BIP 68 redefines the input sequence number field as bit vector that encodes a relative lock time.
A transaction can be encumbered with an absolute lock time by setting the nLockTime field to a non-zero value and by ensuring that at least one input sequence is non-maximal (not 0xffffffff).
What happens if a one-input transaction sets nLockTime > 0 and introduces a relative lock time under BIP 68? For example, nLockTime might expire in 12,000 blocks and the input's relative lock time might expire in 11,000 blocks. Conversely, the relative lock time might expire after the absolute lock time.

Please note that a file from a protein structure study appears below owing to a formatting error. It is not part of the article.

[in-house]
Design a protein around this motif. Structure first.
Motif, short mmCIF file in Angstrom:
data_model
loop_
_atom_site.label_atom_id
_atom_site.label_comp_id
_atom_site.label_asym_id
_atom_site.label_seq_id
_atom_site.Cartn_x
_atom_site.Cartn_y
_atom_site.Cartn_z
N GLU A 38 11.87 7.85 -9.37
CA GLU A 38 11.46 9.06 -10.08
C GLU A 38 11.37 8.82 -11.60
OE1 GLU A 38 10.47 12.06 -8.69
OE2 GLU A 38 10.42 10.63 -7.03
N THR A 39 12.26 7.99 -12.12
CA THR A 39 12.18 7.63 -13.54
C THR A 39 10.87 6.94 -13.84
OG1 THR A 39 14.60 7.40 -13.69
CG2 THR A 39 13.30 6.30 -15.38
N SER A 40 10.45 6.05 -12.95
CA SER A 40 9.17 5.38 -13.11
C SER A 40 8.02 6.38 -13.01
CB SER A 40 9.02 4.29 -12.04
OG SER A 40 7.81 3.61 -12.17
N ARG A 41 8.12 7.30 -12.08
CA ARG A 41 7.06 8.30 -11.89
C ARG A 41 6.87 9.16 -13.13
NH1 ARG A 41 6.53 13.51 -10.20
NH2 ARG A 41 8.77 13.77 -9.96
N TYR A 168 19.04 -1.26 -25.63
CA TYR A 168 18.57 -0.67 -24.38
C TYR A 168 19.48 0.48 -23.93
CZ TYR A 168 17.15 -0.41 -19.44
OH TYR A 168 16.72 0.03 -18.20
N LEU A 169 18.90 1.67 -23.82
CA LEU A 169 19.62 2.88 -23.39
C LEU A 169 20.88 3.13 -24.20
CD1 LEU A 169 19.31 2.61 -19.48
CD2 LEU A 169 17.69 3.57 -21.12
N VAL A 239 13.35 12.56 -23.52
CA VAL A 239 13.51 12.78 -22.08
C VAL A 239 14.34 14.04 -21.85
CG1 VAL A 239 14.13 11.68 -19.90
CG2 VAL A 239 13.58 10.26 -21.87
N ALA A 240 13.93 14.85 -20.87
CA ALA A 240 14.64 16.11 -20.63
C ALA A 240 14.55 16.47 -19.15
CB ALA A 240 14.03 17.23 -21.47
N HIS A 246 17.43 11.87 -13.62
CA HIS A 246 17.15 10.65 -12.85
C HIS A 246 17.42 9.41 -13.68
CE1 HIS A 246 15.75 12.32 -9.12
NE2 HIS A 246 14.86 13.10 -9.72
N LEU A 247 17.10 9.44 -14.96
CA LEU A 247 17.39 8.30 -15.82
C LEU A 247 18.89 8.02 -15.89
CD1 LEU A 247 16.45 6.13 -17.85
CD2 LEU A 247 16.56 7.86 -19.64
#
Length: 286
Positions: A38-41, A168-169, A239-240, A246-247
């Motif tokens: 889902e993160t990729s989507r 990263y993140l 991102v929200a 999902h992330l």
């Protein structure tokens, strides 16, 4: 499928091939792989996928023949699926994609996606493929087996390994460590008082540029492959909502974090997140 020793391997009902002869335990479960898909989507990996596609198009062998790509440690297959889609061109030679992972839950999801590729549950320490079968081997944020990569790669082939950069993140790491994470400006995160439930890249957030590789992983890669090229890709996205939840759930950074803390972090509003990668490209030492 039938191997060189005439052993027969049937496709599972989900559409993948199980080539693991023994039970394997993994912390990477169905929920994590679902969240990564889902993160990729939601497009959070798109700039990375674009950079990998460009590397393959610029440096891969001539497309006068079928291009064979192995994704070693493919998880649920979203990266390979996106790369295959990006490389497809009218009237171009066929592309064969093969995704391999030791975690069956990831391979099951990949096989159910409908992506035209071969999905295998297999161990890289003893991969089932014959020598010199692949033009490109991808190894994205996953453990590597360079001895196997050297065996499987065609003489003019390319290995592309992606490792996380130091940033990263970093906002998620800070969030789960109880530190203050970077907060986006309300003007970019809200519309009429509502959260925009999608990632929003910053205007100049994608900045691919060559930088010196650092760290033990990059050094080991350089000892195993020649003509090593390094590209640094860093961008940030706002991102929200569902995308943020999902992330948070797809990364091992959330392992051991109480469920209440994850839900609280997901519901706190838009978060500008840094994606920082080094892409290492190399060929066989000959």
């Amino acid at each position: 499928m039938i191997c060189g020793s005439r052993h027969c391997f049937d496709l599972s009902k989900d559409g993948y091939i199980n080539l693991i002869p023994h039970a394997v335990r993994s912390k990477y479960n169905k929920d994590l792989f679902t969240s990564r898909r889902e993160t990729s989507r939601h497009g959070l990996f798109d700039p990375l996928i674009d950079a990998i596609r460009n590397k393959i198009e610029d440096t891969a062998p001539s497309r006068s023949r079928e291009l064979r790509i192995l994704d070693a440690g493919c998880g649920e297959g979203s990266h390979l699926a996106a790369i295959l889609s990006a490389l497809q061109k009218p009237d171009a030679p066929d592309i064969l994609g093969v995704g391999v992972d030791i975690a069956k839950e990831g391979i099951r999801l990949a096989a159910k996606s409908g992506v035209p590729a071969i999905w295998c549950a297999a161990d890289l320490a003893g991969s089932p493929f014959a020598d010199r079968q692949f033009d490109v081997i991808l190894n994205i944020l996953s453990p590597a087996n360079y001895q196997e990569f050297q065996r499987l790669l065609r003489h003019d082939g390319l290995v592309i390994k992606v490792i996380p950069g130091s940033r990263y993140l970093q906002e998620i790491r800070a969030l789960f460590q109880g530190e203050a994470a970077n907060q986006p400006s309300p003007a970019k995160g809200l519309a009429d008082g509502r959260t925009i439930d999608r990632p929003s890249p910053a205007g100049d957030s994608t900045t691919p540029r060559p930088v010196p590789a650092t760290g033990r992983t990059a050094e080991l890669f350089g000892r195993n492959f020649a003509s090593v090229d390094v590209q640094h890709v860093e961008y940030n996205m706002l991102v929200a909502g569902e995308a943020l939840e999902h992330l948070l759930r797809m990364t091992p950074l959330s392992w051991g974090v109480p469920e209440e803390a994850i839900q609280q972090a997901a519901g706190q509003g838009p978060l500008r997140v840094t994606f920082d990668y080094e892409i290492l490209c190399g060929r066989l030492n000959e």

Which locking mechanism wins in these cases? Are both locks checked, or only one? If the latter, which one?
The "Compatibility" section of BIP 68 hints that both locks will be checked, but from my reading doesn't state this explicitly:
The only use of sequence numbers by the Bitcoin Core reference client software is to disable checking the nLockTime constraints in a transaction. The semantics of that application are preserved by this BIP.